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Publication numberUS5857515 A
Publication typeGrant
Application numberUS 08/420,476
Publication dateJan 12, 1999
Filing dateApr 12, 1995
Priority dateApr 12, 1995
Fee statusLapsed
Publication number08420476, 420476, US 5857515 A, US 5857515A, US-A-5857515, US5857515 A, US5857515A
InventorsDavid M. Skupien
Original AssigneeDavid M. Skupien
Export CitationBiBTeX, EndNote, RefMan
External Links: USPTO, USPTO Assignment, Espacenet
A passive heat exchanger using waste hot fluid as a heat source; pvc tubing, circular portions having a defined radius curve coupled to the object to be warmed; bathrooom shower installations
US 5857515 A
Abstract
A heat exchanging device absorbs heat from a heat source, in the form of waste fluid, and exchanges the absorbed heat to an object which benefits from warming. The heat exchanging device is coupled to a first structure, the combination of the heat exchanging device and the first structure forming a passage for the waste fluid to flow. Within the passage, absorption fins absorb heat from the waste fluid. The device is also engaged with a second structure which contains the object which benefits from warming. The heat absorb by the fins and the remaining body of the heat exchanging device is exchanged to the second structure, which in turn exchanges the heat to the object contained within the second structure. The heat exchanging device exchanges the heat from the waste fluid to the object in a simple and cost effective manner.
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Claims(5)
I claim:
1. A heat exchanging tubing configuration comprising:
a first structure comprised of a poly vinyl chloride (PVC) tube having a portion cut therefrom; and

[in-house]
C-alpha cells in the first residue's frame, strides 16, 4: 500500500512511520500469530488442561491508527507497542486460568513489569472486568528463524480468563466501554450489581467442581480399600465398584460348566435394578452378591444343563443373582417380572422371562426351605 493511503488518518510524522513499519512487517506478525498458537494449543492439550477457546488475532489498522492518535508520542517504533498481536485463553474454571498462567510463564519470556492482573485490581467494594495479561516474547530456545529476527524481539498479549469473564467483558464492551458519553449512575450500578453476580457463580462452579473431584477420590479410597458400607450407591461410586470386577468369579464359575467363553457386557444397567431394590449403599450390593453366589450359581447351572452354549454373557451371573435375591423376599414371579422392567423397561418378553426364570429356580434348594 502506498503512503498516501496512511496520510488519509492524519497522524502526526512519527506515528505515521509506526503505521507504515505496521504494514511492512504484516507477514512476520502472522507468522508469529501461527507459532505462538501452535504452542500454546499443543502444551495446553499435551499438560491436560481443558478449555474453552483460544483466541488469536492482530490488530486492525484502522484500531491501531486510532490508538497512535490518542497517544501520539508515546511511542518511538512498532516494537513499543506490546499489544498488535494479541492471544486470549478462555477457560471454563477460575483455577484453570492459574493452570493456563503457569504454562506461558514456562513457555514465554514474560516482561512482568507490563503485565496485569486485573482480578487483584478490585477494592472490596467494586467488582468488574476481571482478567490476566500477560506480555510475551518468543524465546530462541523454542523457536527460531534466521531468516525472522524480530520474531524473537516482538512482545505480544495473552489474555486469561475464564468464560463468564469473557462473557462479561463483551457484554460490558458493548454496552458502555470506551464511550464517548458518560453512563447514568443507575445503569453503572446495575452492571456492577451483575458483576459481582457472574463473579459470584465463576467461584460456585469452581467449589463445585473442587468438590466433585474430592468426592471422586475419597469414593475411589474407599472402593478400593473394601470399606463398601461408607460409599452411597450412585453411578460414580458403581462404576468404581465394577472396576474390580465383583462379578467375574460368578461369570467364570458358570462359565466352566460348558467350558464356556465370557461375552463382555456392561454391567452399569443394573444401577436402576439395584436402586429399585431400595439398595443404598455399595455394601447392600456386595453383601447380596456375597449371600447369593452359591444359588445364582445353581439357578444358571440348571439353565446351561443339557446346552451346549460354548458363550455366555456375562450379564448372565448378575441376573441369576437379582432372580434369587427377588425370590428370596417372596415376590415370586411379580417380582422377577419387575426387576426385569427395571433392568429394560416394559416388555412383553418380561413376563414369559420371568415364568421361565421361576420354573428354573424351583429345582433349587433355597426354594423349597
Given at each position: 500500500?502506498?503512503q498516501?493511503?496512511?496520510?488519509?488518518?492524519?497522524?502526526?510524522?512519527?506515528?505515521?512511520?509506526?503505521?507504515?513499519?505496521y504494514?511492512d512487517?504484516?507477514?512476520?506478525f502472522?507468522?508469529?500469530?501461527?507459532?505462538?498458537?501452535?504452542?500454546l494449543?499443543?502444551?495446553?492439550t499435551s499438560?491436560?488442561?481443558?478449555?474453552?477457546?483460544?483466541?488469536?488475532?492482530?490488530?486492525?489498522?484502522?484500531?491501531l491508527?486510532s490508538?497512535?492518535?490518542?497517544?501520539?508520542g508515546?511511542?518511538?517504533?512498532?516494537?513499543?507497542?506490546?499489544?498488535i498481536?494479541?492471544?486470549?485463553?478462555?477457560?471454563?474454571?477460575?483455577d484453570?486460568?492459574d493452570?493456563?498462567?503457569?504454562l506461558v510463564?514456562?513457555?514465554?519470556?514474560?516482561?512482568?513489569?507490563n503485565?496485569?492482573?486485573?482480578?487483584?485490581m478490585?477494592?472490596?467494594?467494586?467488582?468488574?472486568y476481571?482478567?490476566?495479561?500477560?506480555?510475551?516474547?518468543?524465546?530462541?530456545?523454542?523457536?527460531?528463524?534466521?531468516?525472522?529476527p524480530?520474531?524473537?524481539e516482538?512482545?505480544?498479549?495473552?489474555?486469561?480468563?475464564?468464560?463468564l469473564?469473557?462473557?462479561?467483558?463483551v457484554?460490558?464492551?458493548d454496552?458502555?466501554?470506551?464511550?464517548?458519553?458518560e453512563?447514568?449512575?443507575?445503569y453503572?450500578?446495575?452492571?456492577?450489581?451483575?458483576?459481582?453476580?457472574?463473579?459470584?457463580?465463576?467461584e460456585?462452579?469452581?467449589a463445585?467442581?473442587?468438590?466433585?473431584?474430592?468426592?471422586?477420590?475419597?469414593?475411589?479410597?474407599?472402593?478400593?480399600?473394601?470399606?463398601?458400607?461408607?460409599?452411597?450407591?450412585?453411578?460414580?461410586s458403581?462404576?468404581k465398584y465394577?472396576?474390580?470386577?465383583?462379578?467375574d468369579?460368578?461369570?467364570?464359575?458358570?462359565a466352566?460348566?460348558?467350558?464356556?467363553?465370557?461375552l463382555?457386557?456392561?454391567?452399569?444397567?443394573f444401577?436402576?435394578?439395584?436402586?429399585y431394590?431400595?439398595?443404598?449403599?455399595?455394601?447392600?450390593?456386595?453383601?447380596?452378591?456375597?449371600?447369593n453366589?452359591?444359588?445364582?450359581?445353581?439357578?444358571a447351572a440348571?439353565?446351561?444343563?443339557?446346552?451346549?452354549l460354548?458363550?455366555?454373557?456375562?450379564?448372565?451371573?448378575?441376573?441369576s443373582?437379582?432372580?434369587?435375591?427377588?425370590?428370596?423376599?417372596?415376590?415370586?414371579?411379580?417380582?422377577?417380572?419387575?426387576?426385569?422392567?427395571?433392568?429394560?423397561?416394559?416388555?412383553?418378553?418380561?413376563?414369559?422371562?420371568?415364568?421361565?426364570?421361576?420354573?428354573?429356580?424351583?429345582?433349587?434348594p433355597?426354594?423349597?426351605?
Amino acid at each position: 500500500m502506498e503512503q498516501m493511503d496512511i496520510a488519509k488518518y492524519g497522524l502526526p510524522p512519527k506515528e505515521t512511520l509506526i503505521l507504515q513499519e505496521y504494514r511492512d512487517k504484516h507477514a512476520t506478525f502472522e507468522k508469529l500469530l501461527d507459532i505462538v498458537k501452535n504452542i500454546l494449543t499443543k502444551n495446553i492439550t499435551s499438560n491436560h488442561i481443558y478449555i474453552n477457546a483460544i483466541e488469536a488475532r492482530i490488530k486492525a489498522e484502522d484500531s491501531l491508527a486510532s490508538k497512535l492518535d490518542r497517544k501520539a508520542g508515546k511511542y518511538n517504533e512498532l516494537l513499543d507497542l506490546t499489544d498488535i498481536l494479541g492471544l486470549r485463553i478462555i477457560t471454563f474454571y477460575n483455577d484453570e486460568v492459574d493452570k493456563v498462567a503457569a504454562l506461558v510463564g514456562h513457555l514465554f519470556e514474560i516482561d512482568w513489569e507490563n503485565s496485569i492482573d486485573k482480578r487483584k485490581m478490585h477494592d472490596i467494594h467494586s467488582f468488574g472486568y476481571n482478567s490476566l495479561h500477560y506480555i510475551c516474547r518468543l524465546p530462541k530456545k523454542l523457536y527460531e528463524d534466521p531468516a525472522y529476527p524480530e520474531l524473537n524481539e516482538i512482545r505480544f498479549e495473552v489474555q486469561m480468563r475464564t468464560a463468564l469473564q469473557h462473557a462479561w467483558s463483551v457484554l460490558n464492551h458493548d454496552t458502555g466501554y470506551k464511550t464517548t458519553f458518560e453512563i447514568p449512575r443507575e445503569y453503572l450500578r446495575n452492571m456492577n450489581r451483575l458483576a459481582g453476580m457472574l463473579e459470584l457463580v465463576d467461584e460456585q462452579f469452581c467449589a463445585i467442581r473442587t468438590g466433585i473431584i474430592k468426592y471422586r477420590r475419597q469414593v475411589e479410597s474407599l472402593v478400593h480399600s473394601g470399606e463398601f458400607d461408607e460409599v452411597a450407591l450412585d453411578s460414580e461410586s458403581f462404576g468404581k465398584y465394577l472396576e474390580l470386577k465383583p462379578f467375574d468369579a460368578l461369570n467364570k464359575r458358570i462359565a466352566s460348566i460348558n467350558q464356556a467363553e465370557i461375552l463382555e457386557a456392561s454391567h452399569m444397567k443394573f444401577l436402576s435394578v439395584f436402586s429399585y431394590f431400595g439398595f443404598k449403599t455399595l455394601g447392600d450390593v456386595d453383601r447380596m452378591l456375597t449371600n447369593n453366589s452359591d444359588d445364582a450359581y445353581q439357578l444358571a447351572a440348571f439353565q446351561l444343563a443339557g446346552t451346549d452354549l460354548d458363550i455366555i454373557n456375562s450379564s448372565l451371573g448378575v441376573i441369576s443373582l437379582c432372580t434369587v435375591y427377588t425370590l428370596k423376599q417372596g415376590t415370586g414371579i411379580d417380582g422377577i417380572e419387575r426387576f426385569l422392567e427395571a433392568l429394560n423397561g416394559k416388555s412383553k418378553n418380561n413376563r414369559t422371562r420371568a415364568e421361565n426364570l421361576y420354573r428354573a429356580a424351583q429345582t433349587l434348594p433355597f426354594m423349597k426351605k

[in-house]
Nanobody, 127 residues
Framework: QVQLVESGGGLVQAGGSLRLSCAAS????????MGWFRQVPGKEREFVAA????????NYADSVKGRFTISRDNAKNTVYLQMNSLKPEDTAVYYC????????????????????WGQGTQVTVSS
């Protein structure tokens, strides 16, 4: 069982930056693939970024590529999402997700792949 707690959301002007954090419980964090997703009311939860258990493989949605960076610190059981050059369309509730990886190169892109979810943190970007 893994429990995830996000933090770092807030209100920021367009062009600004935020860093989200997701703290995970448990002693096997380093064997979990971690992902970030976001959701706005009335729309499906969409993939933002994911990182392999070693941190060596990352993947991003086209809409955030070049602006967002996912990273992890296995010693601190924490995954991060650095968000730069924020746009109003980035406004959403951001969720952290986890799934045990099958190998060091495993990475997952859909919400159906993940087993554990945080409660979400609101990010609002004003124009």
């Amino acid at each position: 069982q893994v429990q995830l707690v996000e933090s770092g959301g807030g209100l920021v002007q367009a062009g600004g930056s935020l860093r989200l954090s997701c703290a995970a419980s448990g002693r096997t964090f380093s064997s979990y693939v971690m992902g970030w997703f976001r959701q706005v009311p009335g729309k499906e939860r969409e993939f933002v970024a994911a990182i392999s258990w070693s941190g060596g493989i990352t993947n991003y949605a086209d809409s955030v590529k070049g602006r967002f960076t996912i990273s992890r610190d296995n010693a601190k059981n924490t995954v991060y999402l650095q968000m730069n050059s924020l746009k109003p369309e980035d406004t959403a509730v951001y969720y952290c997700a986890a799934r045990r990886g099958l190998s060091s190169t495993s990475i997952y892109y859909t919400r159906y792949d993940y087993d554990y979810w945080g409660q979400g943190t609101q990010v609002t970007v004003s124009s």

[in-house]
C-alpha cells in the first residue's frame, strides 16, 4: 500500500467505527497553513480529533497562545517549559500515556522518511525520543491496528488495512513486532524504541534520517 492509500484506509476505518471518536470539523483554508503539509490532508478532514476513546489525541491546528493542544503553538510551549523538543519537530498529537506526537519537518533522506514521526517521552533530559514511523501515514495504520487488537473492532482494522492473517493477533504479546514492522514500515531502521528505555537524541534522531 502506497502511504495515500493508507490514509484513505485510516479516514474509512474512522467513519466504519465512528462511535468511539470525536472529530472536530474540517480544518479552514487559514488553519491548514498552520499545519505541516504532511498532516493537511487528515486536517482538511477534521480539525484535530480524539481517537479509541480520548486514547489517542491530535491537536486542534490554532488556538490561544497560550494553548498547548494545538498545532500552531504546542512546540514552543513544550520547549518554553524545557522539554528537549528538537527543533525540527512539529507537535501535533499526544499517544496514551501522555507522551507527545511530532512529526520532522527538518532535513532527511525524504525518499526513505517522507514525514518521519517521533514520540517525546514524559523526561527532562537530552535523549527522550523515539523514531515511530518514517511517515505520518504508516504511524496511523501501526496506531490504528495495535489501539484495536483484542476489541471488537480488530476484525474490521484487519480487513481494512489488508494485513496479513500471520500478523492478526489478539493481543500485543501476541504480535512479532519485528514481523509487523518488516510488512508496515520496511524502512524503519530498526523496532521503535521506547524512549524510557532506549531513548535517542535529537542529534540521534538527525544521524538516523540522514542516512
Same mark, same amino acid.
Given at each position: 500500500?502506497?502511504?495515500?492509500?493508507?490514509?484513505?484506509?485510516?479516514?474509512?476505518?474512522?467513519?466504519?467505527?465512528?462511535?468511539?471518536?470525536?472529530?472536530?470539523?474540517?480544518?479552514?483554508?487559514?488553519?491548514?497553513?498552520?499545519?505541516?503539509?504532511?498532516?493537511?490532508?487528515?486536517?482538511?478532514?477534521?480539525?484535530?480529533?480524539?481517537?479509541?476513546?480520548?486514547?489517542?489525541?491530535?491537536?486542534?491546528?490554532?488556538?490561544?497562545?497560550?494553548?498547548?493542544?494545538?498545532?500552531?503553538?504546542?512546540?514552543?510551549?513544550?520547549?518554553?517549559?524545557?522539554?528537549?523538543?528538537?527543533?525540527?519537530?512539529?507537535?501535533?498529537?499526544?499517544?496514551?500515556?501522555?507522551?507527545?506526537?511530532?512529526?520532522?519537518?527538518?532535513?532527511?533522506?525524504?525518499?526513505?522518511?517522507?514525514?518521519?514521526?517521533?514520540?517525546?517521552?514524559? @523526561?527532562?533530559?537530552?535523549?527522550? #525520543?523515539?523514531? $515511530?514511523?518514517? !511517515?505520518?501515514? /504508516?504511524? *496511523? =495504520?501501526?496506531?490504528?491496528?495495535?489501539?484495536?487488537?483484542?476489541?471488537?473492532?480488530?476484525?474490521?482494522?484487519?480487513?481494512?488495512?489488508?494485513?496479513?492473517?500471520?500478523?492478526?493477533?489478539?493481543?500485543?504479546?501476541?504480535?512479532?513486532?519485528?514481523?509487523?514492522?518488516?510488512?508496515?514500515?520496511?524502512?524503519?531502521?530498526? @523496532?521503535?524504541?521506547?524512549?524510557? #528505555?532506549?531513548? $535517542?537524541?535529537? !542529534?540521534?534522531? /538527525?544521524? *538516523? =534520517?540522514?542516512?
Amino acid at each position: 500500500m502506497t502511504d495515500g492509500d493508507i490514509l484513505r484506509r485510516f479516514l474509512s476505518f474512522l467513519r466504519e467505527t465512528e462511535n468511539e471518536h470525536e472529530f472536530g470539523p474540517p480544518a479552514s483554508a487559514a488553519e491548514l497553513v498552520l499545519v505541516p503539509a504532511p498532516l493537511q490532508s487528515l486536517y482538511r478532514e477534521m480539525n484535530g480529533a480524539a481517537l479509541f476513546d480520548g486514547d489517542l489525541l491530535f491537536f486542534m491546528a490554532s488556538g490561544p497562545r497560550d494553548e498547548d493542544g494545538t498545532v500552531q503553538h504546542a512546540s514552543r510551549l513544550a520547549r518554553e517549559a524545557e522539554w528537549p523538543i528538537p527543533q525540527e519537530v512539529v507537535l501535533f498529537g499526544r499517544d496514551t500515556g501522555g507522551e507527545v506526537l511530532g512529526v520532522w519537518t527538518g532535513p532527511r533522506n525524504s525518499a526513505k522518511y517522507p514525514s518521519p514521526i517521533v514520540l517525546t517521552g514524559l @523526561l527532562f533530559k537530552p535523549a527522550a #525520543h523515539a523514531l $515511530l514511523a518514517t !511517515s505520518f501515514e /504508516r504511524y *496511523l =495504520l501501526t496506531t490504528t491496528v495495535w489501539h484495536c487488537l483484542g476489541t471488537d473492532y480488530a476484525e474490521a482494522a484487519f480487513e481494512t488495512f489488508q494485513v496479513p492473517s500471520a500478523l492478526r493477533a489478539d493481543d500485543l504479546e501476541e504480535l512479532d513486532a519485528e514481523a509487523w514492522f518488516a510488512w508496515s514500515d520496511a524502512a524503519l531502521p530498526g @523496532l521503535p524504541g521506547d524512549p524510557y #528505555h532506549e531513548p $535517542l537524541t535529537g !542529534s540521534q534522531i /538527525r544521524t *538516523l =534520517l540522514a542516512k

an apparatus, the apparatus comprising:
first and second circular portions each having a curvature defined by a first radius and each having respective first and second coupling portions for coupling the apparatus to the first structure along a predetermined length of the apparatus, the combination of the apparatus and the first structure forming a passage for a heat source to flow; and
a third portion, integral with the first and second coupling portions and having a curvature defined by a second radius, for engaging the apparatus with a second structure, wherein the second structure contains an object to be warmed by heat exchange.
2. The heat exchanging tubing configuration of claim 1 further comprising a plurality of absorption fins integral with the third portion and extending outward from the third portion.
3. The apparatus of claim 2 wherein the plurality of absorption fins integral to the third circular portion absorb heat from the heat source and exchange the heat to the second structure.
4. The heat exchanging tubing configuration of claim 1 wherein the third portion further comprises a circular portion for coupling the apparatus to a second structure, wherein the second structure contains an object to be warmed by heat exchange.
5. The apparatus of claim 4 wherein the third circular portion further comprises a surface for engaging the third circular portion with a second structure, wherein the surface is in substantial thermal contact with the second structure.
Description
FIELD OF THE INVENTION

The invention is generally related to heat exchanging devices, and more particularly to passive heat exchanging devices for implementation in residential, commercial industrial structures.

BACKGROUND OF THE INVENTION